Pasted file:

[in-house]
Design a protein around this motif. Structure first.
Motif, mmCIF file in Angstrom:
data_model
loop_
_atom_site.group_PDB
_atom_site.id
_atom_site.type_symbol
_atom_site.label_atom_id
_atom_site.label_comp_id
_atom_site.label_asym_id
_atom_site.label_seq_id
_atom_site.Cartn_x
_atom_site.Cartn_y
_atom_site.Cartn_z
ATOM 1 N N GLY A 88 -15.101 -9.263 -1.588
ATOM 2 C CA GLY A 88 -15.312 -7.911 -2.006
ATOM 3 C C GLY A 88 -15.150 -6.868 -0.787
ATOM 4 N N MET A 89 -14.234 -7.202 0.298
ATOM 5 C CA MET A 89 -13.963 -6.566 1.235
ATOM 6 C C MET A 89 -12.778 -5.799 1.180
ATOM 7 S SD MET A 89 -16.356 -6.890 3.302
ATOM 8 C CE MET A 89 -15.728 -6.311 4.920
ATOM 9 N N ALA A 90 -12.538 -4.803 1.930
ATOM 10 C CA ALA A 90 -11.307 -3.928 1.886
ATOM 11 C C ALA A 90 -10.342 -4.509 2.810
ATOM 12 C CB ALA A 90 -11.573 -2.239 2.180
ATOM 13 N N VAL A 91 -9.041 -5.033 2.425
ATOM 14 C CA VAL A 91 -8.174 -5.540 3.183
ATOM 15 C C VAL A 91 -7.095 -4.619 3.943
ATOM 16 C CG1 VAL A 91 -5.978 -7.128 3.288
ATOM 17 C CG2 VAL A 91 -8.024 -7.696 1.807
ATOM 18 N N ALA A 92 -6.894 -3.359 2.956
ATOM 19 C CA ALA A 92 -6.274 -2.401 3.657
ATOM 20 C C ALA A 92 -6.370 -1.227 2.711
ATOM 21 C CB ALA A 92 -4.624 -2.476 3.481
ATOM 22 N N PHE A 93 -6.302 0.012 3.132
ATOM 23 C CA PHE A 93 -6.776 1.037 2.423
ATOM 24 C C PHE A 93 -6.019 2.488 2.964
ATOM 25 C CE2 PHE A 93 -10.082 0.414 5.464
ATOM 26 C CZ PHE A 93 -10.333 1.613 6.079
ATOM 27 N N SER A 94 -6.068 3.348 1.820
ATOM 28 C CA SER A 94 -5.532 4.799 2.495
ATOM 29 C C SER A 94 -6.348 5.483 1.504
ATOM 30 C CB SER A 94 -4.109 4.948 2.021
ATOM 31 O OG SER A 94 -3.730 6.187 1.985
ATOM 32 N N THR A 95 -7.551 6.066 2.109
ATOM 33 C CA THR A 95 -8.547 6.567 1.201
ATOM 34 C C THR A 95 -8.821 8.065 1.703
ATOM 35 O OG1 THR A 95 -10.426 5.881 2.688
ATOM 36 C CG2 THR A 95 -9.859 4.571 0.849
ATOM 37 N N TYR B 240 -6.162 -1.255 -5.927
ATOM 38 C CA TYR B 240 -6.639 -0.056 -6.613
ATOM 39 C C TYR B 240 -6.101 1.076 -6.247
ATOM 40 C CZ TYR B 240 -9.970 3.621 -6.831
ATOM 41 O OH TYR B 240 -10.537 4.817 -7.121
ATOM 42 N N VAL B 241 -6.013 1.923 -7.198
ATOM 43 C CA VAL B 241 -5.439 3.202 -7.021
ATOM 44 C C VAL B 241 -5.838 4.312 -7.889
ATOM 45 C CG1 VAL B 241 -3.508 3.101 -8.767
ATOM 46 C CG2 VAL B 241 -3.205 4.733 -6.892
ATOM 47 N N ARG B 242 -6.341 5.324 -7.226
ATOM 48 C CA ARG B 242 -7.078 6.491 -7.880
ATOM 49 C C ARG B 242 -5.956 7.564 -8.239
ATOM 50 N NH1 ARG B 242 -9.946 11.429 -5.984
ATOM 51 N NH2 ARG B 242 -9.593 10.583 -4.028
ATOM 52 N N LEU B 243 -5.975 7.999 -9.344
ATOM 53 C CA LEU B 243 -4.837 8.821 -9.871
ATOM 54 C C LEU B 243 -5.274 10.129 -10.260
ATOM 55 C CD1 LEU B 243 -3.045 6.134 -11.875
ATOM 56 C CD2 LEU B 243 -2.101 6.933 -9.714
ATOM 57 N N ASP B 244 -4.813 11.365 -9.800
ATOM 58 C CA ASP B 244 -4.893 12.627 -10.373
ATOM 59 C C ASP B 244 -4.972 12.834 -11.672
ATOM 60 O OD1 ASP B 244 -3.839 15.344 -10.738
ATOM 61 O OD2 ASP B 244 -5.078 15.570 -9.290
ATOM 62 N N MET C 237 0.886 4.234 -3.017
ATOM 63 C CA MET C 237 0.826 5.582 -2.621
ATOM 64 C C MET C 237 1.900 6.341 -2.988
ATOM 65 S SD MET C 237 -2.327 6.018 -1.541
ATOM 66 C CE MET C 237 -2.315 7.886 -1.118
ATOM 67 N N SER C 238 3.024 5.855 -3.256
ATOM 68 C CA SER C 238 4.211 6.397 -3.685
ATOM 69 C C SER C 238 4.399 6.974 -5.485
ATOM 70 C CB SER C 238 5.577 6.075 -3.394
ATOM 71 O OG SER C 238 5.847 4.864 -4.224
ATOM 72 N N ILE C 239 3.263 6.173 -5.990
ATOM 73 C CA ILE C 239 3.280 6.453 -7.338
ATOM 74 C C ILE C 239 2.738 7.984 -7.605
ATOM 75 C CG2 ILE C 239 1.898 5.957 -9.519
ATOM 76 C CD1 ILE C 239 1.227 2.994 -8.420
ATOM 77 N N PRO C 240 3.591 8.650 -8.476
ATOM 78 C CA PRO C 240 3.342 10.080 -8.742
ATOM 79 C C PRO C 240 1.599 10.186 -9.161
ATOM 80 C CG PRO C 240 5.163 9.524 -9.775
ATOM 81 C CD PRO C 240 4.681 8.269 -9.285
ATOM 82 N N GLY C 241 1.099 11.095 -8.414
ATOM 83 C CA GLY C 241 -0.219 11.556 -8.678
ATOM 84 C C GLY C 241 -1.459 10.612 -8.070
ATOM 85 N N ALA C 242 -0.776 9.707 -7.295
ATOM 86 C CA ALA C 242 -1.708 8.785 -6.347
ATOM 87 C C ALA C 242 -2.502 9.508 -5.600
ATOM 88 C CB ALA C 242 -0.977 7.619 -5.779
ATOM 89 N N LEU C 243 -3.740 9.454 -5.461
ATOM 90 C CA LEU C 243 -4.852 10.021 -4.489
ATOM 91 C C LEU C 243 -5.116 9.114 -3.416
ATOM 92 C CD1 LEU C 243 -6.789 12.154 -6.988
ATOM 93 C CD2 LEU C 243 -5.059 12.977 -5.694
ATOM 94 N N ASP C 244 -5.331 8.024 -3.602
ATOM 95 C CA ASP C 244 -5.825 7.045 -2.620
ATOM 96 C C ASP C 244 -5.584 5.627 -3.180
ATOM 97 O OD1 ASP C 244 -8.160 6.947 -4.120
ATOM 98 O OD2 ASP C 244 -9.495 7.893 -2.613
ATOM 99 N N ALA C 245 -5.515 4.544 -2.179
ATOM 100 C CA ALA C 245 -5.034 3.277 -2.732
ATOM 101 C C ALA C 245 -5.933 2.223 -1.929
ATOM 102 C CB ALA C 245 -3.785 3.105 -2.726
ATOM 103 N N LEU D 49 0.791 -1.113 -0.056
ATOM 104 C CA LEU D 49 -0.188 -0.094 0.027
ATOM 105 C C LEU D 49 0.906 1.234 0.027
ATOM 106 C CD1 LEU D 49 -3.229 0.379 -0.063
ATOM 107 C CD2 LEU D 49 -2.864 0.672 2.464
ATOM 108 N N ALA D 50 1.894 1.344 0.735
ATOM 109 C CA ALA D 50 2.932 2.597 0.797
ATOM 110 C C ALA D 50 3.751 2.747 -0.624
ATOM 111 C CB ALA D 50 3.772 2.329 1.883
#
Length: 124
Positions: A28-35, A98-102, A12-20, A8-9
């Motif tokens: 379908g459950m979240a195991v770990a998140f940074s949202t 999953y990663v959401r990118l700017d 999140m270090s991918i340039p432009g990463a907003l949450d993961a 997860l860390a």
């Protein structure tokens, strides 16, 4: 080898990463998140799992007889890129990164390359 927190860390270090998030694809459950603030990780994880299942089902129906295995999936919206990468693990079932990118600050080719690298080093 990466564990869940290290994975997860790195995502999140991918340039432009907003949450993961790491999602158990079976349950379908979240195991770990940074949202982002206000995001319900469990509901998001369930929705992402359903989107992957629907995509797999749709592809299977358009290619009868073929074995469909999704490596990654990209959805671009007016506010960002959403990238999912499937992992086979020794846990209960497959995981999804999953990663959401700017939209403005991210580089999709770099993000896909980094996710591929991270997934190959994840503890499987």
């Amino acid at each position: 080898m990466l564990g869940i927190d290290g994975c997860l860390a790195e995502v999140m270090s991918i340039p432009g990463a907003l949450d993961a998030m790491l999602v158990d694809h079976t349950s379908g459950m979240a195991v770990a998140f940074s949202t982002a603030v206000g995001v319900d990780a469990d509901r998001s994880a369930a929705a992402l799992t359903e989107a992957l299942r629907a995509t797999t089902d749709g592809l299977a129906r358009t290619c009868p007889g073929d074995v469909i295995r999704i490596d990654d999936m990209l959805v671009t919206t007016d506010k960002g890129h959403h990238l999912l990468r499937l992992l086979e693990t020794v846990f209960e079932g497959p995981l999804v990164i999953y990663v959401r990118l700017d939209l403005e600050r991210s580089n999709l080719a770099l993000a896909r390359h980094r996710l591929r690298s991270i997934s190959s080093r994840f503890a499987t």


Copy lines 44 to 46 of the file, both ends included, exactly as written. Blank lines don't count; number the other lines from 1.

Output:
ATOM 29 C C SER A 94 -6.348 5.483 1.504
ATOM 30 C CB SER A 94 -4.109 4.948 2.021
ATOM 31 O OG SER A 94 -3.730 6.187 1.985